For Christmas, one of the fantastic presents Elsa received was a kitchen chemistry set. She has been nagging me to try it so this week we did the first experiment which was using a natural indicator to find out whether liquids and powders are acid, alkaline or neutral.
Firstly, to make the natural indicator we had to cut and boil up some red cabbage. We strained it to keep the juice and left it to cool.
Next, while that was cooling we discussed what we would like to test. Then she wrote a chart which listed them, included a ‘my guess’ column and a results column. We chatted about the principles of acids and alkalis so she was able to make a more educated guess.
After collecting Anna from nursery, we started our tests. Firstly the girls had to put a bit of the cabbage juice in some test tubes (indicator) and to each tube they added some of the item they wanted to test.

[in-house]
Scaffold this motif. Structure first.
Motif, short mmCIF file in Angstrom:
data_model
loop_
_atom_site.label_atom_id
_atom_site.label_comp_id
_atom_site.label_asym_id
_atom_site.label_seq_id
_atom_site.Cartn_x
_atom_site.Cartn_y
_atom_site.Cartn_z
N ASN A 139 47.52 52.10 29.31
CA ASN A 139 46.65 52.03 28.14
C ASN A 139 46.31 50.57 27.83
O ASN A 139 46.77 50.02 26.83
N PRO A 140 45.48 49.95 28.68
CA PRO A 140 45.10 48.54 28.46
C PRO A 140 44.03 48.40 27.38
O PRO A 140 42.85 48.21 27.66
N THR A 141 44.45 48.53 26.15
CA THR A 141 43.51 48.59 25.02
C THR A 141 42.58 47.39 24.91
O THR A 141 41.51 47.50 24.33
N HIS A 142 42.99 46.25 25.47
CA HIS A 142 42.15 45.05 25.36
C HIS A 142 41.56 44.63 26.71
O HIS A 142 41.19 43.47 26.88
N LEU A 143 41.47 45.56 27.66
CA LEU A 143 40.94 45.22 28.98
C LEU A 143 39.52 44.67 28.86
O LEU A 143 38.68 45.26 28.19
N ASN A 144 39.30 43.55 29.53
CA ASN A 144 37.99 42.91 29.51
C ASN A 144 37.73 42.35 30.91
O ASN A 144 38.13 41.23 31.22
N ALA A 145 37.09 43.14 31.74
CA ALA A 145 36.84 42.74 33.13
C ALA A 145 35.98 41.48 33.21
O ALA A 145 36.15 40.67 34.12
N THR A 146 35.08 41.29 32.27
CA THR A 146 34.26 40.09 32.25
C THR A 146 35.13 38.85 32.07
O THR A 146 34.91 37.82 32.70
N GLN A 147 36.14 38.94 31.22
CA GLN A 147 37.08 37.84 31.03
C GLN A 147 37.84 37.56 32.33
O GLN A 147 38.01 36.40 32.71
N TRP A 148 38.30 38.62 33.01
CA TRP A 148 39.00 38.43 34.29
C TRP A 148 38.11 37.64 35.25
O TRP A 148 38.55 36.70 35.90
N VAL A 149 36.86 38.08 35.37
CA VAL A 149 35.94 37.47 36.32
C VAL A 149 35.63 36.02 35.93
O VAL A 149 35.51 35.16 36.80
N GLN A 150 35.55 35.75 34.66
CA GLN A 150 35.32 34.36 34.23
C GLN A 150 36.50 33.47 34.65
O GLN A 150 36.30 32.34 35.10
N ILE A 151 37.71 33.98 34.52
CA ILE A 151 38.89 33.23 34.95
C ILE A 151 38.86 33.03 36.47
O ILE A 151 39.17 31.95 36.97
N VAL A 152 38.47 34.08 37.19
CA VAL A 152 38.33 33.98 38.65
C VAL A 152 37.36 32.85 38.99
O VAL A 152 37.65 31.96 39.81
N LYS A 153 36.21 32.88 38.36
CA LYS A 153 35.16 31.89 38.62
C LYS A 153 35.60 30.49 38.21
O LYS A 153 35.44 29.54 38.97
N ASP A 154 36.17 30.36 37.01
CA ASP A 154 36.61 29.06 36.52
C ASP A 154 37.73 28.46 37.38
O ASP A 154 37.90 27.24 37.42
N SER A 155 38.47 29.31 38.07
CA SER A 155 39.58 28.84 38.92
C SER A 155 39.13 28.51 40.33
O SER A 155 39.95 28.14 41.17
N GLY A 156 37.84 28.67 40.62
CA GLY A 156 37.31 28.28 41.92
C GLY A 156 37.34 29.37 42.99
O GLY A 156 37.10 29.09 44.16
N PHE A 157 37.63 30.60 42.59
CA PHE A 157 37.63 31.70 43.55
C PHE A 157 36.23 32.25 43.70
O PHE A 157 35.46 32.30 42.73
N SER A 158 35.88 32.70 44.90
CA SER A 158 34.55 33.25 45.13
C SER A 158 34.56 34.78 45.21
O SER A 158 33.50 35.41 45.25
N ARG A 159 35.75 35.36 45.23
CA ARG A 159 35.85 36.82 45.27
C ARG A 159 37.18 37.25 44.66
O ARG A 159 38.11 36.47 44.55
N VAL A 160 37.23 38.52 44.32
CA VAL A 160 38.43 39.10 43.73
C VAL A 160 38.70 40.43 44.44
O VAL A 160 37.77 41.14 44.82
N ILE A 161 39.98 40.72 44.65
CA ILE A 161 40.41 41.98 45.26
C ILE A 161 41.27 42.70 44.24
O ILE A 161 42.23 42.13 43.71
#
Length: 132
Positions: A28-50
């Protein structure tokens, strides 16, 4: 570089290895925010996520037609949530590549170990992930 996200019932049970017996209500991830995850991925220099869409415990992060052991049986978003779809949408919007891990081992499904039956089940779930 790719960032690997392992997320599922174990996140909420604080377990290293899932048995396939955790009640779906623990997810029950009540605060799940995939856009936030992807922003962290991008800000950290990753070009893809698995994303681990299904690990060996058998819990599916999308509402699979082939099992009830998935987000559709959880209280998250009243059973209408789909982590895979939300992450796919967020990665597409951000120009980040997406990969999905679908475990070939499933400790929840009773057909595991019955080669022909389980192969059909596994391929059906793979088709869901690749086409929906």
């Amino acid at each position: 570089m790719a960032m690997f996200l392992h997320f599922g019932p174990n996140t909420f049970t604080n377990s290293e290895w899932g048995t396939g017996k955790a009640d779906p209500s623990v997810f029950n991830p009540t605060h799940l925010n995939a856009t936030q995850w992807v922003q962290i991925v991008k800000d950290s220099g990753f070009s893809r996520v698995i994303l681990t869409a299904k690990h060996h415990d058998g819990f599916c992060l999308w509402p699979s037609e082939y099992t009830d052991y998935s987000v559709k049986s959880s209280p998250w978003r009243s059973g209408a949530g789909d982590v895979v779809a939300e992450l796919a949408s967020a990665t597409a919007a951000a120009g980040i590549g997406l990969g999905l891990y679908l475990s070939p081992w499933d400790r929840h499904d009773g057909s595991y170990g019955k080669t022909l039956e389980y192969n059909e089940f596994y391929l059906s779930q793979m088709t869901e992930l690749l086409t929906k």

After adding a few drops of the vinegar to the tube the indicator went immediately pink. This was a good one to start because the result was so quick and obvious, the girls got excited.
Anna added water to another tube of the indicator and it stayed purple, which meant it was a neutral liquid.
A few drops of lemon juice to the indicator and it went pink.
Results of the tubes in order vinegar, water then lemon juice.
Adding a few drops of the dishwasher liquid and it went bright pink.
Adding a bit of hand soap to the cabbage water and it went dark pink.
Not only did adding baking powder to the indicator cause it to stay purple, it fizzed over the top which caused a few giggles.
In order of results – dishwasher liquid, hand soap and baking powder.
Elsa added some salt to the indicator and it stayed purple,
Anna added some sugar to it and it also stayed purple.
Adding flour to it changed the colour to light purple but still it stayed purple.
Final three results salt, sugar and flour.
We all enjoyed doing this even if we didn’t guess so well at the results. 🙂